Driving slowly is the key to maintaining control on snowy or icy roads. All maneuvers such as
accelerating, stopping, and turning take longer and are less predictable when the pavement is covered
with snow and ice than they are on wet or dry pavement.
Please see the FREAS SharePoint page under Safety for more information on this topic
Posted speed limits are largely irrelevant when there’s snow on the ground. In most states, you can be cited
for far lower than the posted speed limit if you are violating the “basic rule” – don’t exceed the speed
necessary to travel safely in challenging winter conditions.
Accelerate slowly enough to maintain traction and then leave yourself plenty of space to slow down at traffic
lights, especially on ice. Remember that bridges and overpasses freeze before roadways do. The bottom line:
Give yourself enough time to go slow.
Most vehicles now have anti-lock brakes. In an emergency, you just need to press the brake pedal as hard as
you can and let the vehicle do the work of slowing the car. The pedal will vibrate as each individual brake is
pulsed, providing enough traction and stability to help you maneuver around obstacles.
Since a vehicle reacts more slowly in snow, you should keep a longer following distance than you normally
would. Instead of three to four seconds, stay eight to 10 seconds behind the vehicle in front of you. Stopping
on ice requires at least twice the distance you need when it’s above freezing.
Many motorists think that their all-wheel-drive or four-wheel-drive vehicles are unstoppable during winter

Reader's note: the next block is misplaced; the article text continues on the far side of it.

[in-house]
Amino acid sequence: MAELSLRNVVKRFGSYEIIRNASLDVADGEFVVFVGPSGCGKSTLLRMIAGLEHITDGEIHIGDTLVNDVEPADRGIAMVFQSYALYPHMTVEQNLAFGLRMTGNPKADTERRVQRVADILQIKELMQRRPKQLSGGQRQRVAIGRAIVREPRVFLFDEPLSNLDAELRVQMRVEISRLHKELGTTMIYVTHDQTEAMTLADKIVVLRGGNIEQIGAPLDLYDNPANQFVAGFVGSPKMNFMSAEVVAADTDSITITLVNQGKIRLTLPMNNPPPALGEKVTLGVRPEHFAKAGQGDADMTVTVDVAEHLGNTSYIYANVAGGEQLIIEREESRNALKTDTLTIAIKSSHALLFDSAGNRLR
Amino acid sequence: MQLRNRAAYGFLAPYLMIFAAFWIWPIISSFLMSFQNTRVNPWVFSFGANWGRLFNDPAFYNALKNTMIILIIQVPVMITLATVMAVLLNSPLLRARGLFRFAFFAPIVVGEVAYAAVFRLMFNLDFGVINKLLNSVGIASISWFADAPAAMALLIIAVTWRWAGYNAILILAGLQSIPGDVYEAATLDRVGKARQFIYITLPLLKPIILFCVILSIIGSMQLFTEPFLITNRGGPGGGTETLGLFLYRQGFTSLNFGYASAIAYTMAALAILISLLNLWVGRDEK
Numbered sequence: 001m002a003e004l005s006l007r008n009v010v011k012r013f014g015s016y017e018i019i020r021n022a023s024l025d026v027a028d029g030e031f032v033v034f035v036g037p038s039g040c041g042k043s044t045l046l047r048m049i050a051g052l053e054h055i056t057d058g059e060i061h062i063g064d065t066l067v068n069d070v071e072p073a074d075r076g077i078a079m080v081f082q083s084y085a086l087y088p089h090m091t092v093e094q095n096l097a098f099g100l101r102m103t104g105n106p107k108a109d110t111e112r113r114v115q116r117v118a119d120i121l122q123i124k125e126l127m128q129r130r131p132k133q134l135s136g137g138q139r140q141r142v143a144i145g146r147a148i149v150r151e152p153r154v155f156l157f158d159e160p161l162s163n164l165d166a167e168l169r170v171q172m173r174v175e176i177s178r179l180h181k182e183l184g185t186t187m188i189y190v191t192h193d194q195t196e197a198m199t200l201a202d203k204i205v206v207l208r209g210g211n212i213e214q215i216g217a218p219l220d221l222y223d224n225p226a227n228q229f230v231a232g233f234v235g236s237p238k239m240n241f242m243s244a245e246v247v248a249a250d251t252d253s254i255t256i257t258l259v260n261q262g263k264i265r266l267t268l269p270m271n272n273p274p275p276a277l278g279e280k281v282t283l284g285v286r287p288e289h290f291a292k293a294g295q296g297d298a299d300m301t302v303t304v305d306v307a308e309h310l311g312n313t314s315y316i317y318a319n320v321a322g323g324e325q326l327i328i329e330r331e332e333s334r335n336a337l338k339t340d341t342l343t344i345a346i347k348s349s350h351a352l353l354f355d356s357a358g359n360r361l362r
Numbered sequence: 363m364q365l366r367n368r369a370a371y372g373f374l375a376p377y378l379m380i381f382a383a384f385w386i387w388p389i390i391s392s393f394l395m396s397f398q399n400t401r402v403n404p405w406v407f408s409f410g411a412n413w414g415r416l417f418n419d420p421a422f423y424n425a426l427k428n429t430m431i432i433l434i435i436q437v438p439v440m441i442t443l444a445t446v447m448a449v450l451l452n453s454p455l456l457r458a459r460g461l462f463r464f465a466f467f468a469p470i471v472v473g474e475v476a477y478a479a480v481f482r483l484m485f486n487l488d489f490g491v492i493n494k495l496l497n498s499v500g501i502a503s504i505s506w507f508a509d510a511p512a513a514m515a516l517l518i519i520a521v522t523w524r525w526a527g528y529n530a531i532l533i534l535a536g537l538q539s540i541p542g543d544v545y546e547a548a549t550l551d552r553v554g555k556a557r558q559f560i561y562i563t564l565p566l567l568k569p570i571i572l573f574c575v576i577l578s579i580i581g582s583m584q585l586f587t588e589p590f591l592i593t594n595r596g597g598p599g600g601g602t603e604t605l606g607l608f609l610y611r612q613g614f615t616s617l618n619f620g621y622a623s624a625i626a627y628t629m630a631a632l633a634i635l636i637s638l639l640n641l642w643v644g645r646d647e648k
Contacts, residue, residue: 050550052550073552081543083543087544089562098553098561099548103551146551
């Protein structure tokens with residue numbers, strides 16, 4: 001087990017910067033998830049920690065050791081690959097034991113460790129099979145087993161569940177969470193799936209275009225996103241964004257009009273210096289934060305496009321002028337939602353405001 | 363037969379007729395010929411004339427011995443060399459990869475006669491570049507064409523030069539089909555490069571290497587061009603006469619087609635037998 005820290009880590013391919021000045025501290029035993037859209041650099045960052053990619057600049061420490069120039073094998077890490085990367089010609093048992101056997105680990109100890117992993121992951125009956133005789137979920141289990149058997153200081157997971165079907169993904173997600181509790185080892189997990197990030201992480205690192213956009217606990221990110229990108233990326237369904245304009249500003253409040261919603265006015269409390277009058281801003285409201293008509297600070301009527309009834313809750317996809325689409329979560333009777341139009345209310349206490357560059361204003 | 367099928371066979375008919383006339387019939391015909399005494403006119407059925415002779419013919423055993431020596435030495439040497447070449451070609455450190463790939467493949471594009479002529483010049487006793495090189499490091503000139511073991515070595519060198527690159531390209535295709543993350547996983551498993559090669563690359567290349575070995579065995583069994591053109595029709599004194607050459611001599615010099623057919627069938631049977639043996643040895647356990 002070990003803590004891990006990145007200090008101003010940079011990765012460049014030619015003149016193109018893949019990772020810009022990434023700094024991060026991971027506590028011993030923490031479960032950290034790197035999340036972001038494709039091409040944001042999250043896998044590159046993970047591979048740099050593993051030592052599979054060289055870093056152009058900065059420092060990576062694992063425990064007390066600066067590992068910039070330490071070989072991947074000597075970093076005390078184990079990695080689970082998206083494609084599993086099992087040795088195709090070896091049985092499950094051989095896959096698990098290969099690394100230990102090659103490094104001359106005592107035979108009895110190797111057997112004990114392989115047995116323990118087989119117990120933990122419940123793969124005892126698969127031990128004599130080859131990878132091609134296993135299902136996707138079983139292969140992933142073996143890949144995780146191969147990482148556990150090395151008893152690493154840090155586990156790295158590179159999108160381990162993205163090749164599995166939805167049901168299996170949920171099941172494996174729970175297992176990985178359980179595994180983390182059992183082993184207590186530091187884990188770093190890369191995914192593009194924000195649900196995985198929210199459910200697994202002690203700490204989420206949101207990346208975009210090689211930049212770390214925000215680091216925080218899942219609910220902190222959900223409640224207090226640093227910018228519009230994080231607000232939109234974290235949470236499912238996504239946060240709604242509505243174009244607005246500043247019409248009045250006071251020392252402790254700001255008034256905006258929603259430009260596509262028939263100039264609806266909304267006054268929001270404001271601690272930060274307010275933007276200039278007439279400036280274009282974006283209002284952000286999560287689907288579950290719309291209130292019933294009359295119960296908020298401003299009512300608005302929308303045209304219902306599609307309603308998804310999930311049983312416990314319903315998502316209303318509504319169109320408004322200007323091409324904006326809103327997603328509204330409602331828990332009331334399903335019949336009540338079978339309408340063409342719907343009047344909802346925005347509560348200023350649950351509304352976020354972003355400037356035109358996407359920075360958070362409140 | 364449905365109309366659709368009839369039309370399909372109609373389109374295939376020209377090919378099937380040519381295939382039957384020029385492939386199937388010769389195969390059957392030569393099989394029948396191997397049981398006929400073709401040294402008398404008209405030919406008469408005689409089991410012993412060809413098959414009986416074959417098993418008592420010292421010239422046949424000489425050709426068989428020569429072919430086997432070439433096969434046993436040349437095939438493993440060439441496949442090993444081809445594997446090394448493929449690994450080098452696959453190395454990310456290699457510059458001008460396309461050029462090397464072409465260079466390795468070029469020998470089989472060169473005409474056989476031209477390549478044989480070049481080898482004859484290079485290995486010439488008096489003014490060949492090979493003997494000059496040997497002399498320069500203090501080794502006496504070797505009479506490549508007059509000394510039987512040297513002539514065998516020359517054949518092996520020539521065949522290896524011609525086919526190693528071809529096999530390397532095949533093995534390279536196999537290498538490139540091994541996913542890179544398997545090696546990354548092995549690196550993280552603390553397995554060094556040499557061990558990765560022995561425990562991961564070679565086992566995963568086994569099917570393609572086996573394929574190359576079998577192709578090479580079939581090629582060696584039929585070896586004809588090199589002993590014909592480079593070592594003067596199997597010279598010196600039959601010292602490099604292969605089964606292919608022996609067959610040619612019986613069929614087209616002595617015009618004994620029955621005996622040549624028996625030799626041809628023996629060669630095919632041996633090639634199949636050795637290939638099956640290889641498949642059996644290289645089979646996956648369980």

driving. Truth is, while four-wheel traction systems can help you get going in snow and ice, plus provide extra
control when turning, they won’t help you stop much faster than a front or rear wheel-drive car when you hit
that patch of black ice.
AAA notes that there’s a difference in the amount of inertia required to start moving from a full stop
compared with how much it takes to get moving while still rolling. The organization recommends slowing
down well before a traffic signal so that you can keep rolling until the light changes.
Similarly, AAA warns not to power up hills because “applying extra gas on snow-covered just starts your
wheels spinning.” Make sure that you have enough – but not too much – momentum before reaching the hill,
and start reducing the power as you reach the crest.
If you must drive in hazardous weather conditions, be prepared. Make sure your gas tank is at least half full in
case you are stranded far from a gas station or need the extra fuel to keep your car heated. It doesn’t hurt to
have a supply kit with non-perishable food, water, blankets, gloves, reflective tape, and an extra cell phone
charger. In a worst-case scenario, you could use floor mats or newspapers to stay warm. If you’re heading
into more severe conditions, store a shovel in the car.